January 28, 2018
Each year the very brightest and best converge in Las Vegas for the annual Consumer Electronics Show (CES) and once again this year representatives of Louis Mamo & Company were in attendance looking for cutting and leading edge business and consumer solutions for its clients and customers.
From January 8th to 12th, more than 3,900 exhibitors showcased world-changing technologies that spanned more than 2.75 million net square feet of exhibit space across Las Vegas – the largest show floor in CES’ 51 year history. There were 860,732 tweets about CES and 450,554 uses of the #CES2018 hashtag on social media. From major international brands to the more than 900 startups participating in Eureka Park (home for CES startups) CES truly reflected the vibrant global tech industry. There were also several hundred government leaders in attendance, including one cabinet official, 10 members of congress and six international ministers and heads of state.
This year CES was one for the record book, bringing industries together at the largest and most influential technology event on the planet as Smart Cities, Artificial Intelligence (AI), Digital Health, 5G Technology, the Internet of Things (IoT), Augmented Reality (AR) and Virtual Reality (VR) were front and center, dazzling the world with a glimpse into our future.
Large and small companies from around the world came to Las Vegas to launch technologies that will change our world. These are the technologies that will likely shape the future of our planet and hopefully impact our lives in a positive fashion.
Ever since its inception CES has been the global platform from which you can see the critical ingredients of technologies and better understand how they interconnect, providing both a clear snapshot of today’s breakthrough innovations and the vision of the road ahead.
While robots, drones, self-driving cars and even flying commuter transportation vehicles were once again highlighted throughout, a lot of attention was given to Smart Cities, most people were asking, “What are they?”
More municipalities are beginning to integrate sensor technology into infrastructure in ways that impact public health and safety. The implications here are huge – covering everything from public transportation to crowd control. Can you imagine, for example, not having to search for a parking space because you know where all the open spots are thanks to sensors? Conceptually Smart Cities will make us smarter, allowing us to be more efficient with our time and resources.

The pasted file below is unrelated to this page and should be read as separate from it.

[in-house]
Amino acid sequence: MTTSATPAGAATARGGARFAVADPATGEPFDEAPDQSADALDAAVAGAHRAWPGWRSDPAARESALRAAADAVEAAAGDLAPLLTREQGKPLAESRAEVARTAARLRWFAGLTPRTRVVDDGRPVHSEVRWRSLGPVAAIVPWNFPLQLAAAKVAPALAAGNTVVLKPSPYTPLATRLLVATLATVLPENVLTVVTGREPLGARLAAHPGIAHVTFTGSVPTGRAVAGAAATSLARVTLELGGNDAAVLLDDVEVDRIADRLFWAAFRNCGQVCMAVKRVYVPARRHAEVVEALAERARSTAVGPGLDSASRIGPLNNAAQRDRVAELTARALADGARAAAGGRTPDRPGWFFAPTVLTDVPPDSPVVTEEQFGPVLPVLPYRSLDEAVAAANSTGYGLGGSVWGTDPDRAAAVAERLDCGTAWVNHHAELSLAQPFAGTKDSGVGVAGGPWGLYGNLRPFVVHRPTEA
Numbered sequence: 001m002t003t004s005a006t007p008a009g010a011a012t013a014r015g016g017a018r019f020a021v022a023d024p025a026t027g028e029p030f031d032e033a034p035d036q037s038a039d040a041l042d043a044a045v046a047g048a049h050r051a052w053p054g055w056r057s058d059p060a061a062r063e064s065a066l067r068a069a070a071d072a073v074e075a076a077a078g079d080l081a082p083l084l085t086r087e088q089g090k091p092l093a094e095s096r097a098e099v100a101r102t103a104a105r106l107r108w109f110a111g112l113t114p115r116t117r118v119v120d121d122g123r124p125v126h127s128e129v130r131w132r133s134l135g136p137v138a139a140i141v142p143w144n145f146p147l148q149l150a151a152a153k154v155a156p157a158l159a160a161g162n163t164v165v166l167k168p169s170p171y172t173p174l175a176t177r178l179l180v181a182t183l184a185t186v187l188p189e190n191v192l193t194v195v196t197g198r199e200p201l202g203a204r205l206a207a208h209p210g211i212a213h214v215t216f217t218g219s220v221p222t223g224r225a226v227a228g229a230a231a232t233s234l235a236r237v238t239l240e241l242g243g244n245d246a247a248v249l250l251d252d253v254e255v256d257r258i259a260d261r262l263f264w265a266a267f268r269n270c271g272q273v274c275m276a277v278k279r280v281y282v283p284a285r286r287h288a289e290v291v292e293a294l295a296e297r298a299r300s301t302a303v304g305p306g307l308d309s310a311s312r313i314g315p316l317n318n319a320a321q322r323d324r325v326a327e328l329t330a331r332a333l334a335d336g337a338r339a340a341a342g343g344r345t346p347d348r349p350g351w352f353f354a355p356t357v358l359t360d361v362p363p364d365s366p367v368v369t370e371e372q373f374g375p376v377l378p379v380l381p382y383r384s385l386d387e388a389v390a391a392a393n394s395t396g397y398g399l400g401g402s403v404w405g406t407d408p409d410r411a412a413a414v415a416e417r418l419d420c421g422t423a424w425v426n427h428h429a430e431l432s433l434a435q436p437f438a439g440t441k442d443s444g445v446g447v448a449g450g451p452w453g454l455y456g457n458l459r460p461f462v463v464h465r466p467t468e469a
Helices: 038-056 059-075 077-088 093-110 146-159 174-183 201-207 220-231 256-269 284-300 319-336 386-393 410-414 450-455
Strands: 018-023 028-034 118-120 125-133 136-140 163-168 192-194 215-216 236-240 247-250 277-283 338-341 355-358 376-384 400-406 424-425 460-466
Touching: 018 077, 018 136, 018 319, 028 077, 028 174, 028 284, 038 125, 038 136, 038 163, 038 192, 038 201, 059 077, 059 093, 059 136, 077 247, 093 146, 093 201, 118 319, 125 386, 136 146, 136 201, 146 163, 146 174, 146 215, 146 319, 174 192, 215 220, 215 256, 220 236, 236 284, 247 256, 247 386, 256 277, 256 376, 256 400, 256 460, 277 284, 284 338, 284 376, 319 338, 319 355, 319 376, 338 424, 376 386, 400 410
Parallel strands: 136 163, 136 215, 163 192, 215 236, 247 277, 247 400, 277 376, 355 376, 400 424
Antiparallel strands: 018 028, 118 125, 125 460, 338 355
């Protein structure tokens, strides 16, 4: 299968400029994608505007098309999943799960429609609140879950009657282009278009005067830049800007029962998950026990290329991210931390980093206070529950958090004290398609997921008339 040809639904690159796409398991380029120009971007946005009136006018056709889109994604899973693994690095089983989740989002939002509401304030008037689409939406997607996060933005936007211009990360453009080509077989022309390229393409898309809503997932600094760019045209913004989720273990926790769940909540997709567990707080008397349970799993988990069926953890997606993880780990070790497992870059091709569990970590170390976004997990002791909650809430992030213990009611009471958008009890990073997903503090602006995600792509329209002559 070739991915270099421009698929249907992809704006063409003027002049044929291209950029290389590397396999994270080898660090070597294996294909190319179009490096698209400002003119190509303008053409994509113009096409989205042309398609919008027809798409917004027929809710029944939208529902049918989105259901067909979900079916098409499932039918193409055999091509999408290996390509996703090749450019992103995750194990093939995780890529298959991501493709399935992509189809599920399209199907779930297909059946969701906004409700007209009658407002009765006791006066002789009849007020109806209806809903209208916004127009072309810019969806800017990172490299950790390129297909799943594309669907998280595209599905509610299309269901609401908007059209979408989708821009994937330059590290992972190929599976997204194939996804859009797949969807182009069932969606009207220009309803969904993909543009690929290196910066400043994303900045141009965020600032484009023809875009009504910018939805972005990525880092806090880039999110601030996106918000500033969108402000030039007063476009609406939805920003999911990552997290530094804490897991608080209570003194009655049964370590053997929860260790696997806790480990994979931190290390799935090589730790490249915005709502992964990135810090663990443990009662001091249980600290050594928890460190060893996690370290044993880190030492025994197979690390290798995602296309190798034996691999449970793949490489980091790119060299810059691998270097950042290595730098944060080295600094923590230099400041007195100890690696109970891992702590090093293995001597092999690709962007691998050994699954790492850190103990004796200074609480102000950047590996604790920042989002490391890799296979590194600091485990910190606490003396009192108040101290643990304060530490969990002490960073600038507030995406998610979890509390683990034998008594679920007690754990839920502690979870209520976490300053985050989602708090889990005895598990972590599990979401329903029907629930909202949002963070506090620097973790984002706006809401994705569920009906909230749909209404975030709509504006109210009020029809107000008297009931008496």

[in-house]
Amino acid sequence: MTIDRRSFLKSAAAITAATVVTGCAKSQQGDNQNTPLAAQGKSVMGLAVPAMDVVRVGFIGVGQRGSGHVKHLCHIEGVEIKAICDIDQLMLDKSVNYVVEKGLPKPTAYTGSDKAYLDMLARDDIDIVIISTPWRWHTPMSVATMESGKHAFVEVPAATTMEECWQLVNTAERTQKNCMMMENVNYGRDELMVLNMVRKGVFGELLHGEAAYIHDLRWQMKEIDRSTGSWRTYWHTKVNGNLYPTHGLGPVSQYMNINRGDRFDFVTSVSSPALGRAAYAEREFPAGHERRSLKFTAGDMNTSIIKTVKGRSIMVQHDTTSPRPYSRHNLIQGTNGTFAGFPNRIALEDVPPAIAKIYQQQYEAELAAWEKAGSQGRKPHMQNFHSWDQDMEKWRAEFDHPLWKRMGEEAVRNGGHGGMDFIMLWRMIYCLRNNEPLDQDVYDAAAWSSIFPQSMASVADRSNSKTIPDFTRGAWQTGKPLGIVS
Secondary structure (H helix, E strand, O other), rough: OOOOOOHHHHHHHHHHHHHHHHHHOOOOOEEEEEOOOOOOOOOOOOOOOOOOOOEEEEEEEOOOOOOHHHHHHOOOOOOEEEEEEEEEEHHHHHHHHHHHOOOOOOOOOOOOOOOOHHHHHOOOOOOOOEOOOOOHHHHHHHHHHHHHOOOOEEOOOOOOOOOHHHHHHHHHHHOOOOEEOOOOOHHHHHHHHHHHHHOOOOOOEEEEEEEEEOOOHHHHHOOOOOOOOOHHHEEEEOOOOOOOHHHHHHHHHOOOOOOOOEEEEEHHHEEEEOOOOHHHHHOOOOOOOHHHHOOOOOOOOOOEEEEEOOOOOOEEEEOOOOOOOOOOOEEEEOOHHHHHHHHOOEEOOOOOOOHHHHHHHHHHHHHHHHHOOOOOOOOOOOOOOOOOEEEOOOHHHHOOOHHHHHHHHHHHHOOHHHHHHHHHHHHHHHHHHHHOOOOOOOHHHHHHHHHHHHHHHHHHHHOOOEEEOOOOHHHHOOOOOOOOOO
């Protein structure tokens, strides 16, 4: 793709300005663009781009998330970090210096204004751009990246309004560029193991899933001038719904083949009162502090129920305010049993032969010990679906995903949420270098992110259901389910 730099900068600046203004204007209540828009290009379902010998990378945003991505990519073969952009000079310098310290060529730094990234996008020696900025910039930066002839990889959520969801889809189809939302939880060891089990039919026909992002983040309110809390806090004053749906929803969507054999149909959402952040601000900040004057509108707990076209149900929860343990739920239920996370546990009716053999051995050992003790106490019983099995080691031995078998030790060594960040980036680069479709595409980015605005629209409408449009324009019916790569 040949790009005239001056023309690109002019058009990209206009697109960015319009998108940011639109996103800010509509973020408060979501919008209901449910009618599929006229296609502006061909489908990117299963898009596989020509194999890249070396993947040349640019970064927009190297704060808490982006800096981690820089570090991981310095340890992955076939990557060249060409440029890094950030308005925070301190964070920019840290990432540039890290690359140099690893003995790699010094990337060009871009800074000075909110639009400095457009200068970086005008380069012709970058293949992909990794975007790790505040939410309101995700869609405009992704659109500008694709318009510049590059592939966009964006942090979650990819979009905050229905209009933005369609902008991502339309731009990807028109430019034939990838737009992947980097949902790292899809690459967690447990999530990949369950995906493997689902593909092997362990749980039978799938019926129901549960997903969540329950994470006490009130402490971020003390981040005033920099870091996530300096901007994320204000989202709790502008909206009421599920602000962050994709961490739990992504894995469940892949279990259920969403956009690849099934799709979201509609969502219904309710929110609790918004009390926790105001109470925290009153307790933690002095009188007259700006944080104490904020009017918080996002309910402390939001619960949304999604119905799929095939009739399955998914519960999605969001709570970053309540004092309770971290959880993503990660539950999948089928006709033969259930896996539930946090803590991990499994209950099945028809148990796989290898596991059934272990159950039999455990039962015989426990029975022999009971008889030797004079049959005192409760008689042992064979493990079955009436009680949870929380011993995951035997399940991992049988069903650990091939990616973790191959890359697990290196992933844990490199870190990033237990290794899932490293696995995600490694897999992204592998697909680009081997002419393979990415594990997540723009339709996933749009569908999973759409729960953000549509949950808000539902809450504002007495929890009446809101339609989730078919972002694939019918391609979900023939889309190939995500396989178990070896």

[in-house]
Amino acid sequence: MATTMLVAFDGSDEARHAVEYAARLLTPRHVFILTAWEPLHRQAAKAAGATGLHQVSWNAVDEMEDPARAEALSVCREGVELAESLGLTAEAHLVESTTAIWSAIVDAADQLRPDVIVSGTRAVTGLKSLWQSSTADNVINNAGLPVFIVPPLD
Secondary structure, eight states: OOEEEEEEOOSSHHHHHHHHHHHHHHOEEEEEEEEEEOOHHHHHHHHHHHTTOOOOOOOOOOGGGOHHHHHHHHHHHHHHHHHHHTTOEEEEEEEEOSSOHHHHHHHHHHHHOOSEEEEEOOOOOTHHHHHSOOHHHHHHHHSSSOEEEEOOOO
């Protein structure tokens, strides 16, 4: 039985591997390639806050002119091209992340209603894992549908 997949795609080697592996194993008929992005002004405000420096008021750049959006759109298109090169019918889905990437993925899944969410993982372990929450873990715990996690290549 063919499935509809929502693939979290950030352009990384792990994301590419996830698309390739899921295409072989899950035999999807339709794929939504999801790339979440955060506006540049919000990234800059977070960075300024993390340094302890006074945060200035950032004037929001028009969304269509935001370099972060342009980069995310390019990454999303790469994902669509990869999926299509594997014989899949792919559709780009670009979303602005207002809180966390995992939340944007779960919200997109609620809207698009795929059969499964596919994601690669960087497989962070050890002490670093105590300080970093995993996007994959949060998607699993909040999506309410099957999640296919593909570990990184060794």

Intel, Ford and Huawei took the CES keynote stage with corporate showcases. Intel’s preshow keynote involved a grand production with technology advances and creative artistry that rivaled top Las Vegas shows. Throughout the extravaganza, Intel celebrated innovation, explored what’s next for big data and set a Guinness World Record with its Shooting Star Mini Drone show – the most advanced software fleet of 100 drones controlled without GPS by one pilot. Ford’s opening keynote focused on creating a reliable future of transportation through a systems-based approach for smart cities. Huawei announced the availability of its Mate10 Pro smartphone in the American market next month during its Tuesday afternoon keynote.
“With every major industry now engaged in tech, our show attracts major global brands and innovative newcomers from industries as varied as entertainment and marketing, sports and healthcare, and automotive and lifestyle” said Karen Chupka, senior vice president, CES and corporate business strategy, Consumer Technology Association. “We had a record number of international attendees, which is amazing due to the strength of the U.S. dollar and the drop in international business travel to the U.S. CES is truly a global event, proven year after year.”
An array of groundbreaking technologies were introduced, explored and analyzed over the week-long event, illustrating how our world is heading towards a more connected future. Smart Cities at CES spotlighted many of these innovative technologies, including 5G, AI and IoT.
The CES conference program covered the entire tech industry through more than 900 speakers, including 240 women, across some 200 conference sessions.
“CES 2018 will be remembered as the year where the wattage of innovation was so huge that it caused a blackout!” said IBM Chief Technology Officer and Vice President Bridget Karlin. “CES once again demonstrated that this is the world’s premiere showcase for technology innovation with unparalleled diversity from international public officials to industry leaders to entrepreneurs.”
The brand new Smart Cities Marketplace delivered multiple conference sessions that featured policymakers, city officials, industry innovators and more.